TheOceanfrontThe real estate market here has hit a number of speed bumps over the past 3 to 4 years and with the various cooling measures in place, buyers and investors have shied away from this previously almost-surefire means of investment. Introduced almost 5 years in December 2011, the Additional Buyers’ Stamp Duty (ABSD) has gradually taken effect on the market, perhaps in particular the luxury property sector which used to attract mostly foreign investors. With the 15 per cent ABSD imposed on them, and 7 to 10 per cent on Singaporeans, many may have thought twice about buying a second or subsequent property as the additional monies to be paid are considerable.

Much of the ABSD assessed came from share transfer from bulk purchases by non-Singaporean entities or shareholders who may have to let go of unsold units before they are hit by the Qualifying Certificate (QC).

marinacollectionBut with the current financial and economic climate hazy at best, the future of other investment products fairly volatile, and local property prices having fallen to affordable quantum levels, could more buyers be picking off units to secure more stable future yields?

 

Hong Kong’s red-hot real estate calls for new cooling measures

The pace and amplitude of Hong Kong’s rising property prices, in particular over the last couple of years, have seen the authorities taking proactive steps to cool it. Despite a move to increase stamp duties 3 years ago, prices have continued to climb. In September this year, prices surged once more, after 6 consecutive months of increase, to clock at a record high for the year.

hongkongpropertyHong Kong is already considered one of the most expensive Asian cities to live in, and current cost of real estate plus the high standard of living, has placed many housing options out of reach for the average citizen. Now, with experts predicting further price increase for the rest of the year, the Hong Kong government has once again raised stamp duties on property transactions.

Stamp duties will be raised 15 per cent for all transactions, up from the current 8.5 per cent. This change only affects citizens however, as foreign buyers are already paying a 15 per cent stamp duty. This will hopefully deter property flipping for the populous though the wealthy may still transact within the luxury property sector. ManyWi mainland buyers prefer to hedge heir funds in the Hong Kong real estate sector and have thus negated the effect of the Hong Kong government’s properties cooling measures.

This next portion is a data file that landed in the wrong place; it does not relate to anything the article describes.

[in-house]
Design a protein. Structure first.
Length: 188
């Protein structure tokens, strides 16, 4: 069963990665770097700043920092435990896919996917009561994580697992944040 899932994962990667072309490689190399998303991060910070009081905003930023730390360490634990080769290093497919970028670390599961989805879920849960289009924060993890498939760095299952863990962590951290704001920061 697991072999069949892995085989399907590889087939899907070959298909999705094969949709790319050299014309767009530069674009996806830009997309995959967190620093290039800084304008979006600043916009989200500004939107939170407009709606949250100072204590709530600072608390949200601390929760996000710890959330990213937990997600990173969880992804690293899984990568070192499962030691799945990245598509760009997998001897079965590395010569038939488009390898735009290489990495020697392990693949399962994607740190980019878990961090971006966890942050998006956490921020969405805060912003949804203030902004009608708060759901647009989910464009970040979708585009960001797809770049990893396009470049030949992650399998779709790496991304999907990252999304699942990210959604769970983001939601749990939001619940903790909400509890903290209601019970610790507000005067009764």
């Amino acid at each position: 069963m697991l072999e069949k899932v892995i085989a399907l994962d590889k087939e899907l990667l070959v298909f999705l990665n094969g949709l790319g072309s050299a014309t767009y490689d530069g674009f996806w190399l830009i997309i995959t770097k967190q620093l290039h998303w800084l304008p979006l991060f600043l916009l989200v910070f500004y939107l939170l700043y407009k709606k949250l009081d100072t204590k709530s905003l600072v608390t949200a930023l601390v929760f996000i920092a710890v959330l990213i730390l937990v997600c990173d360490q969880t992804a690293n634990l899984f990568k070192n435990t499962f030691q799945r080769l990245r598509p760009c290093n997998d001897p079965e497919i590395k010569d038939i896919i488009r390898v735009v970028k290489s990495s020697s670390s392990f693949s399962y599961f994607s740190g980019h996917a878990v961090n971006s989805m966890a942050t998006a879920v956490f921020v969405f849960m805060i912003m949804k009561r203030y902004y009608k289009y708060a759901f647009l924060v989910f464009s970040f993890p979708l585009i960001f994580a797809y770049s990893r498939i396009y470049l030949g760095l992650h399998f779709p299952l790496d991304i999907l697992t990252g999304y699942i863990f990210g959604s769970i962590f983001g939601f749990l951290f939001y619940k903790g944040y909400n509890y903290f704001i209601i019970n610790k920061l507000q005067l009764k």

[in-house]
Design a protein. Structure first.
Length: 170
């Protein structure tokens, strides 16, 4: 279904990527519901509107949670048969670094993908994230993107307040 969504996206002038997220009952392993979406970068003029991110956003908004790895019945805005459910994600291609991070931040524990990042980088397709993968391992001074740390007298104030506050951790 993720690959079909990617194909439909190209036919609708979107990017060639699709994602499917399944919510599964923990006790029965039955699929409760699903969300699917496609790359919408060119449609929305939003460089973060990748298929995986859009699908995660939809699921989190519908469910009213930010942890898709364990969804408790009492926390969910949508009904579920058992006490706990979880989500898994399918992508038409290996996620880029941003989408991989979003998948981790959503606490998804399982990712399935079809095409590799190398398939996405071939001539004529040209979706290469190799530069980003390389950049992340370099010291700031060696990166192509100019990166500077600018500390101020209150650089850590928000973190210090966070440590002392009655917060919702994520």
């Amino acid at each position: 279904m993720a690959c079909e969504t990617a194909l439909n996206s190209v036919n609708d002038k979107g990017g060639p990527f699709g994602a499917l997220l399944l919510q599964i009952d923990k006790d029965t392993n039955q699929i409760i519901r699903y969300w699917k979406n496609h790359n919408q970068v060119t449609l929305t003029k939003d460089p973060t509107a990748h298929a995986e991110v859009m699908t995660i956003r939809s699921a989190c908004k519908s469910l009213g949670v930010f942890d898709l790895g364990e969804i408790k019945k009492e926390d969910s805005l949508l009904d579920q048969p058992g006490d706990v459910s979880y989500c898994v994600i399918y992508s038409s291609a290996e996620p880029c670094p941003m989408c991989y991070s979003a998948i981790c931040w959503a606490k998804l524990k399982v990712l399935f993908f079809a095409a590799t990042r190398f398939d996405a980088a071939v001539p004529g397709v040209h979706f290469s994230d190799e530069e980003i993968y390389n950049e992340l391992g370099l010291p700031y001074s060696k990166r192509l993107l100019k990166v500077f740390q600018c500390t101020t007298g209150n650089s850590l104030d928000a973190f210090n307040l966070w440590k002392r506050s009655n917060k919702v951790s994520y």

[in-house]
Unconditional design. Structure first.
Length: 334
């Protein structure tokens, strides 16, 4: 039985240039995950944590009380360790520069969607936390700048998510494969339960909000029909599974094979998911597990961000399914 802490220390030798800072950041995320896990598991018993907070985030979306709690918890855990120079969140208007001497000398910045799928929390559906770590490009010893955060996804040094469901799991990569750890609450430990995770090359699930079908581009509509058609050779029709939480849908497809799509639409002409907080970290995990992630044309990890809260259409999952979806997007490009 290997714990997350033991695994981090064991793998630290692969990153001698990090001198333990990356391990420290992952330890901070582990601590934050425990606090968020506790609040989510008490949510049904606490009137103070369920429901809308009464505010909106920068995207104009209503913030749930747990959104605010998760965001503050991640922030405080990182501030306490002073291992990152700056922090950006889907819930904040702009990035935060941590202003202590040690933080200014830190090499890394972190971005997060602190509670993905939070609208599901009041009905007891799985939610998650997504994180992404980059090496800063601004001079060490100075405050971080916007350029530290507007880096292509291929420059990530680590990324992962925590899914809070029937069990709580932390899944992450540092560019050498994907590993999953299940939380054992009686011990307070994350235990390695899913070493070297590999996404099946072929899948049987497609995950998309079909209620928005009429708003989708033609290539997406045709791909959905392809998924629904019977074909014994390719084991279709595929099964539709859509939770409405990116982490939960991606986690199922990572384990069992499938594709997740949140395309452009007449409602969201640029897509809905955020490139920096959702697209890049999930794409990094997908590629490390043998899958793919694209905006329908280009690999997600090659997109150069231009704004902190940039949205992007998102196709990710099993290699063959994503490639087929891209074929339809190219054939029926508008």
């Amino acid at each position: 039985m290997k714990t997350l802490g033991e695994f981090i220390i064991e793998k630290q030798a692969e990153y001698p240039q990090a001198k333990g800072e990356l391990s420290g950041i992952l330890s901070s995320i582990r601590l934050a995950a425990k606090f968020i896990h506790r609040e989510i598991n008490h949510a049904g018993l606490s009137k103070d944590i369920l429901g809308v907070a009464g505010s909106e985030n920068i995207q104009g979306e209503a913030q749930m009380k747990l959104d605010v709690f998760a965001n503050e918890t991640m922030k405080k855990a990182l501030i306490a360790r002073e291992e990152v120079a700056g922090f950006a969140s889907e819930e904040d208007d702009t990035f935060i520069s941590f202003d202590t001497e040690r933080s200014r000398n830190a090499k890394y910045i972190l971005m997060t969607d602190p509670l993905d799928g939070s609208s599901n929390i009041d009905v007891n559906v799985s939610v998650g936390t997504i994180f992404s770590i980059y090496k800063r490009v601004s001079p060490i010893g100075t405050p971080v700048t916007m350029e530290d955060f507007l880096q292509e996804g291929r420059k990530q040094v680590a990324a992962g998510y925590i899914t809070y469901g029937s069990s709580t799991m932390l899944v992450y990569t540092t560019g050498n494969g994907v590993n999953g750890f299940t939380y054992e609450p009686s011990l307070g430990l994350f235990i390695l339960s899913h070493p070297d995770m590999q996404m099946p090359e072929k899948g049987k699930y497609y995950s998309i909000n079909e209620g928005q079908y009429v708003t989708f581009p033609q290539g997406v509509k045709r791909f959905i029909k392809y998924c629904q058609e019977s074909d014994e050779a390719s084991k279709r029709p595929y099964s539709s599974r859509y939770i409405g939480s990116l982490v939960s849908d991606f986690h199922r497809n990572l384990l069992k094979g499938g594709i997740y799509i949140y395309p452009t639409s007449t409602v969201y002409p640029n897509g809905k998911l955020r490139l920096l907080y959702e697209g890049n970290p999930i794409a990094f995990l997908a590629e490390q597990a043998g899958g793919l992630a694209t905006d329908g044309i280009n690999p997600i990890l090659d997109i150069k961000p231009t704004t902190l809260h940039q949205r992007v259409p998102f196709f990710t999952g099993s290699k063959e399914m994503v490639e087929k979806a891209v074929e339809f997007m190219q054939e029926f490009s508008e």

The_Mediterranean_Hong KOngTo help the common man secure housing, first-time home buyers will only be charged a maximum 4.25 per cent stamp duty, dependent in the property value. This latest move is one of the government’s attempts to cool the red-hot property market before financial instability sinks in and causes more chaos to their economy.

 

Increasing difficulty in securing Australian home loans

Foreign property buyers hoping to snap up homes in Australia may find it increasing harder to secure home loans from Australian banks. The major Australian banks such as Commonwealth Bank, the National Australian Bank (NAB) and Westpac have further tightened loan restrictions to non-residents.

Sydney NSW skylineIn June this year, foreigners buying properties in New South Wales (NSW) have to now pay a 4 per cent stamp duty surcharge. In the state of Victoria, stamp duties have been raised this month to 7 per cent from the 3 per cent which commenced last year. Queensland may soon implement a 3 per cent foreign property surcharge as well, with a projected commencement date of October this year.

Foreign property buyers have come under the hammer of late, with citizens raising concerns about rising home prices, especially in popular cities such as Melbourne, Sydney and Perth. Mainland Chinese buyers were the largest investors, spending A$24 billion in the property market last year, doubling that of A$12 billion in 2014.

The National Australian Bank (NAB) and Westpac are however still Sydney Surrey Streethelping Singaporean investors secure loans via their Singapore offices, though they are careful to alert clients to the total debt servicing ration (TDSR) framework which still applies. There are also other sources of home financing, including private lenders though additional information and documents, such as bank statements and income slips, will be required.